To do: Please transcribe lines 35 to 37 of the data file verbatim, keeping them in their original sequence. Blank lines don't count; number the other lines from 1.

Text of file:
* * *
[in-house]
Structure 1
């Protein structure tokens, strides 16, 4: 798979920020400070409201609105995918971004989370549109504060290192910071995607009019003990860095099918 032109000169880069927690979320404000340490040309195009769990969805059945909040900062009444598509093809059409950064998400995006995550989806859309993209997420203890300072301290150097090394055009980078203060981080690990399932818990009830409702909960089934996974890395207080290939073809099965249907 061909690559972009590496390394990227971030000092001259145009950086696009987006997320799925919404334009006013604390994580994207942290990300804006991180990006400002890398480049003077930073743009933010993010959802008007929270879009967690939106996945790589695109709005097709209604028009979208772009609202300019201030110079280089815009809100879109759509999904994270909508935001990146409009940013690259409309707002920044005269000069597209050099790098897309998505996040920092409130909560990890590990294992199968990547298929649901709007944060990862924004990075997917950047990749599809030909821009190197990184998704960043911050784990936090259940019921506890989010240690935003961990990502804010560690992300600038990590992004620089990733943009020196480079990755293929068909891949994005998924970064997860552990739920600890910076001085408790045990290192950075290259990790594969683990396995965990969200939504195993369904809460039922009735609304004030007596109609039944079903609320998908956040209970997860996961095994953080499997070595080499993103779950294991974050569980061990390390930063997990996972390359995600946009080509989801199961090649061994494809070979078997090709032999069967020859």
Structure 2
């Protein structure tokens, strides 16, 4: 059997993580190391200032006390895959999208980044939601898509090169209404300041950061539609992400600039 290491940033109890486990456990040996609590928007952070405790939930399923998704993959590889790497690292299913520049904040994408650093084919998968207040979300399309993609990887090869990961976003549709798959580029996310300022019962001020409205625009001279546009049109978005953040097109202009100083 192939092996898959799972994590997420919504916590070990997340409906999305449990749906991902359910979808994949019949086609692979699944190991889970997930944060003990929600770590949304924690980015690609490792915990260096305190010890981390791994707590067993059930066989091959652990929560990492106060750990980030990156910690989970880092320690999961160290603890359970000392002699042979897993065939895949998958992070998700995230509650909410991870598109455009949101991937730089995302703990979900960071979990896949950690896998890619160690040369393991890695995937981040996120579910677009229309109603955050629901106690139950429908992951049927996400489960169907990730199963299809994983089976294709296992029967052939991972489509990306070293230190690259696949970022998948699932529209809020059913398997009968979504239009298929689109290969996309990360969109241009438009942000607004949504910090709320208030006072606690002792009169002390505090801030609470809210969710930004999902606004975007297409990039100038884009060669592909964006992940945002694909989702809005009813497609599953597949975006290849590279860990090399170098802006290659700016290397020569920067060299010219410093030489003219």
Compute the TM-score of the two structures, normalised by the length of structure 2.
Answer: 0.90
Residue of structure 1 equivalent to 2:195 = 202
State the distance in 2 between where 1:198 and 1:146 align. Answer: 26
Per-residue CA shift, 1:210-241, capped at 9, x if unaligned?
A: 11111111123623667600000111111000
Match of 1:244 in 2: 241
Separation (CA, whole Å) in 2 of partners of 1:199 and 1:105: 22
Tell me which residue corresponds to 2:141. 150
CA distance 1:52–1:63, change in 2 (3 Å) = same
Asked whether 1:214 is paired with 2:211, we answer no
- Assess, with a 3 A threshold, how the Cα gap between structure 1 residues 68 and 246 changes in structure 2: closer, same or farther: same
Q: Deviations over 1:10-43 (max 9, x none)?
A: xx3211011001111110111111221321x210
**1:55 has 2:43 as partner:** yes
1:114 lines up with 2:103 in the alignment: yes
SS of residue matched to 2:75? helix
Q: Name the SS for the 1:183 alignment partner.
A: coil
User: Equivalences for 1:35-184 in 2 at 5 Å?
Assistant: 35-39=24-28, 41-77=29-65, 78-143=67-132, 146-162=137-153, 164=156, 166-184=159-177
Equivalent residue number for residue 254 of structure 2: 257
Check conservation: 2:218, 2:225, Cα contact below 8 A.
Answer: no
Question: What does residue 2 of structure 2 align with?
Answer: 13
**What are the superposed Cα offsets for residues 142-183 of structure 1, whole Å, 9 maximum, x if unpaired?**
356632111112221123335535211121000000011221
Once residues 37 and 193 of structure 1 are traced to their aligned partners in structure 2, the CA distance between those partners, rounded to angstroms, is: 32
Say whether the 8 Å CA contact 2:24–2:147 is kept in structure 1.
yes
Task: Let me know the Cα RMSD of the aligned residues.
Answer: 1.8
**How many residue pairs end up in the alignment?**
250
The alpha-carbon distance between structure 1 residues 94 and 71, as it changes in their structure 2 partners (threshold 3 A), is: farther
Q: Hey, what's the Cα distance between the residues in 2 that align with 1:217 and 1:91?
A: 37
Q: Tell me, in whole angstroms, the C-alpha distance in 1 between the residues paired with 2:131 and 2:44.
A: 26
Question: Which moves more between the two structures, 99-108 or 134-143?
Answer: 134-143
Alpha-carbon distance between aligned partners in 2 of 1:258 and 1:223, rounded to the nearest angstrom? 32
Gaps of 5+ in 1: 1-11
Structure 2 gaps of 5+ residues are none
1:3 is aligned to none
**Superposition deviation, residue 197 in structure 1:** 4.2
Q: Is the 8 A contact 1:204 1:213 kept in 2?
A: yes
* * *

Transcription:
Say whether the 8 Å CA contact 2:24–2:147 is kept in structure 1.
yes
Task: Let me know the Cα RMSD of the aligned residues.